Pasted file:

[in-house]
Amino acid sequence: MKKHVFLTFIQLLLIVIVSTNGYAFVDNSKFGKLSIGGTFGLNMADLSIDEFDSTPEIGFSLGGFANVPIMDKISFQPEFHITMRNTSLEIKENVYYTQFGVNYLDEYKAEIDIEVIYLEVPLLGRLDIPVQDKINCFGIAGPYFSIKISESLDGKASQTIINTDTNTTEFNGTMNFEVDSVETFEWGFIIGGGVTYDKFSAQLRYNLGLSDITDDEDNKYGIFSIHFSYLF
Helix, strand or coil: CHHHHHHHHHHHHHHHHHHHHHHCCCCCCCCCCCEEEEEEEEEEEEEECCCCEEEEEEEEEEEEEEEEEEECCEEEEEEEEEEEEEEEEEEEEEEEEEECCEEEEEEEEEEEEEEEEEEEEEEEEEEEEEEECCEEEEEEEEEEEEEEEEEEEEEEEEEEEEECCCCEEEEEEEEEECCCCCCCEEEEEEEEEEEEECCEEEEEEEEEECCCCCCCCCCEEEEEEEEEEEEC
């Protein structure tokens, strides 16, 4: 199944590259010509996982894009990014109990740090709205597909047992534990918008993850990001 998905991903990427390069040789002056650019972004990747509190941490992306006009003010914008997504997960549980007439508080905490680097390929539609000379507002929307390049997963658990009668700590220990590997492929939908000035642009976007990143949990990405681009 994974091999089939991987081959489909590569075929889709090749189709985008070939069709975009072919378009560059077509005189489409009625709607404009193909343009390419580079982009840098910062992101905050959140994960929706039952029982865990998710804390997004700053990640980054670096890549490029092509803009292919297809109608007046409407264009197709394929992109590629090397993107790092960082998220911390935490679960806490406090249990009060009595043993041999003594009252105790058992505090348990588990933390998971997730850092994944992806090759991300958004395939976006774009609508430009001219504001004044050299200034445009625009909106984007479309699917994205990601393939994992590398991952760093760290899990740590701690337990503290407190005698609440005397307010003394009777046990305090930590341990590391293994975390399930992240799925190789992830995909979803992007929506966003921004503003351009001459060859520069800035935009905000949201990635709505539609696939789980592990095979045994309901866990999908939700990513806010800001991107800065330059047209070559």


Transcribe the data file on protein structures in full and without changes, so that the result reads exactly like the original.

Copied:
[in-house]
Amino acid sequence: MKKHVFLTFIQLLLIVIVSTNGYAFVDNSKFGKLSIGGTFGLNMADLSIDEFDSTPEIGFSLGGFANVPIMDKISFQPEFHITMRNTSLEIKENVYYTQFGVNYLDEYKAEIDIEVIYLEVPLLGRLDIPVQDKINCFGIAGPYFSIKISESLDGKASQTIINTDTNTTEFNGTMNFEVDSVETFEWGFIIGGGVTYDKFSAQLRYNLGLSDITDDEDNKYGIFSIHFSYLF
Helix, strand or coil: CHHHHHHHHHHHHHHHHHHHHHHCCCCCCCCCCCEEEEEEEEEEEEEECCCCEEEEEEEEEEEEEEEEEEECCEEEEEEEEEEEEEEEEEEEEEEEEEECCEEEEEEEEEEEEEEEEEEEEEEEEEEEEEEECCEEEEEEEEEEEEEEEEEEEEEEEEEEEEECCCCEEEEEEEEEECCCCCCCEEEEEEEEEEEEECCEEEEEEEEEECCCCCCCCCCEEEEEEEEEEEEC
């Protein structure tokens, strides 16, 4: 199944590259010509996982894009990014109990740090709205597909047992534990918008993850990001 998905991903990427390069040789002056650019972004990747509190941490992306006009003010914008997504997960549980007439508080905490680097390929539609000379507002929307390049997963658990009668700590220990590997492929939908000035642009976007990143949990990405681009 994974091999089939991987081959489909590569075929889709090749189709985008070939069709975009072919378009560059077509005189489409009625709607404009193909343009390419580079982009840098910062992101905050959140994960929706039952029982865990998710804390997004700053990640980054670096890549490029092509803009292919297809109608007046409407264009197709394929992109590629090397993107790092960082998220911390935490679960806490406090249990009060009595043993041999003594009252105790058992505090348990588990933390998971997730850092994944992806090759991300958004395939976006774009609508430009001219504001004044050299200034445009625009909106984007479309699917994205990601393939994992590398991952760093760290899990740590701690337990503290407190005698609440005397307010003394009777046990305090930590341990590391293994975390399930992240799925190789992830995909979803992007929506966003921004503003351009001459060859520069800035935009905000949201990635709505539609696939789980592990095979045994309901866990999908939700990513806010800001991107800065330059047209070559």